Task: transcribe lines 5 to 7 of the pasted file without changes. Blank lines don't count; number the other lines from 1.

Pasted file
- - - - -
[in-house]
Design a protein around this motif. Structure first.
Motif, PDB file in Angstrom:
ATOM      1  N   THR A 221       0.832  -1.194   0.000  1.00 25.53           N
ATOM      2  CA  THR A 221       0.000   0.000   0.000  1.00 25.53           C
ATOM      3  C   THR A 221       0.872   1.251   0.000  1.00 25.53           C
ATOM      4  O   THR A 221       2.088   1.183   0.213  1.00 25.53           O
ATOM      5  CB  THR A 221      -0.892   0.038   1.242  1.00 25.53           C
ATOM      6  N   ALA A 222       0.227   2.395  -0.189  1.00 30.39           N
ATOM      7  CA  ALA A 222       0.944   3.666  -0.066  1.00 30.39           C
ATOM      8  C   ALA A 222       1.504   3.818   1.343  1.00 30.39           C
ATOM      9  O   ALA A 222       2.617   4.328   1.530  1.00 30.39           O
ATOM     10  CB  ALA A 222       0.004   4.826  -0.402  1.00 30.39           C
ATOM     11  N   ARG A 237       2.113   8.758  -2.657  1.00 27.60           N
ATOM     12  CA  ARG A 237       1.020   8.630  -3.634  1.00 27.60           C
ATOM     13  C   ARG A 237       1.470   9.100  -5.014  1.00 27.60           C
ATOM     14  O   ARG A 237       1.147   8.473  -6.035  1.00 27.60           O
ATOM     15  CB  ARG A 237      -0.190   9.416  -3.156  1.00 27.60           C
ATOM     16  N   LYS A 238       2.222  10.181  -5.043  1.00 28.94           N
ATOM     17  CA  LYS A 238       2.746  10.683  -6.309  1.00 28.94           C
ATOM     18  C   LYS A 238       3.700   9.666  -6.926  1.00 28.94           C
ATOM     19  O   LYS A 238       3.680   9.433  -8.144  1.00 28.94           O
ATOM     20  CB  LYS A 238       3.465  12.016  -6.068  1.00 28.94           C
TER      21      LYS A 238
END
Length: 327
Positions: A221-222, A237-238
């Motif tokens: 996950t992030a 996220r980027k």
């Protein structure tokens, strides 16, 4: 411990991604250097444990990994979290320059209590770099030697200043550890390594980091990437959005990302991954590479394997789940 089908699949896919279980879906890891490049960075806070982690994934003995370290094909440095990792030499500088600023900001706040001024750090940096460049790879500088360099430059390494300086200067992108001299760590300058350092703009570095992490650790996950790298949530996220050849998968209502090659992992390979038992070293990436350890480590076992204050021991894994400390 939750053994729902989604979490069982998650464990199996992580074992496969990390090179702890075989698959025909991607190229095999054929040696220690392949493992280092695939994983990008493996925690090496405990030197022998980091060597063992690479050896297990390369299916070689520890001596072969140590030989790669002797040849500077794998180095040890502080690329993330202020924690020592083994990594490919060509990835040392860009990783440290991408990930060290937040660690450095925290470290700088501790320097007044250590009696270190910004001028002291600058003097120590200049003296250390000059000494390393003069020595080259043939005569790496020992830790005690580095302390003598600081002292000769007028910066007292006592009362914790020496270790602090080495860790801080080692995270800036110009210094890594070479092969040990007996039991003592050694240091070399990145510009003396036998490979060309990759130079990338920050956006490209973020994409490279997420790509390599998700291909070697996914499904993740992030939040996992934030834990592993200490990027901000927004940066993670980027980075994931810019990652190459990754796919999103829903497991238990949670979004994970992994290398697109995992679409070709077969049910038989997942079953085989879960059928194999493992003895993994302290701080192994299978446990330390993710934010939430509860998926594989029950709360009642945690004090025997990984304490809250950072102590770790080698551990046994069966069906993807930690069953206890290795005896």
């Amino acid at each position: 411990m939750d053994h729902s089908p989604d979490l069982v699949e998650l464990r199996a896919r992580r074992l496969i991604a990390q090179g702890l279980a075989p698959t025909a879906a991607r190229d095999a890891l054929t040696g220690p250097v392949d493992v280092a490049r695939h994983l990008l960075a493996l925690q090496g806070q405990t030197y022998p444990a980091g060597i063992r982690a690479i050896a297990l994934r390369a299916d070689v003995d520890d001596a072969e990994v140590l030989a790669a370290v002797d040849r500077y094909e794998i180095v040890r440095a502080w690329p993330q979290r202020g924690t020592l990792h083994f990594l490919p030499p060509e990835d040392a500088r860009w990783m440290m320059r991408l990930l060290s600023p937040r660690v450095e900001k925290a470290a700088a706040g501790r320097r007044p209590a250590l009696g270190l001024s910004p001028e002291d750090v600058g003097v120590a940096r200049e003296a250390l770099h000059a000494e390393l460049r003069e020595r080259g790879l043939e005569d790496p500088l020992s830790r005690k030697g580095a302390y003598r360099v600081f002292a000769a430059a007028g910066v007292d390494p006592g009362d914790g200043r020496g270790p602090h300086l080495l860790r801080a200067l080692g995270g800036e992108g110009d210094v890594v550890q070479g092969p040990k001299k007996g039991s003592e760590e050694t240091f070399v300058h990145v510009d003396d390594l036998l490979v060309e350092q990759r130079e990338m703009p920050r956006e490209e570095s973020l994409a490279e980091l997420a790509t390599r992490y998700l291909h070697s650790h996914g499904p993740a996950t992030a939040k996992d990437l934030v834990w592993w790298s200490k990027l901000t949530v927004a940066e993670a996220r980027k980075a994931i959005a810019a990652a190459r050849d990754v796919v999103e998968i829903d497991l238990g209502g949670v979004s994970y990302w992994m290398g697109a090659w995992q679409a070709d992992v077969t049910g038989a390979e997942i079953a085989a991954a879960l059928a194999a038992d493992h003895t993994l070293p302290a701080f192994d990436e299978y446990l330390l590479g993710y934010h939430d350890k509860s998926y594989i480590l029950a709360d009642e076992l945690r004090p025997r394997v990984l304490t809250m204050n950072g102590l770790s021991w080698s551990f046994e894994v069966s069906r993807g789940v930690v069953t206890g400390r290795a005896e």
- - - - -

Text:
ATOM      2  CA  THR A 221       0.000   0.000   0.000  1.00 25.53           C
ATOM      3  C   THR A 221       0.872   1.251   0.000  1.00 25.53           C
ATOM      4  O   THR A 221       2.088   1.183   0.213  1.00 25.53           O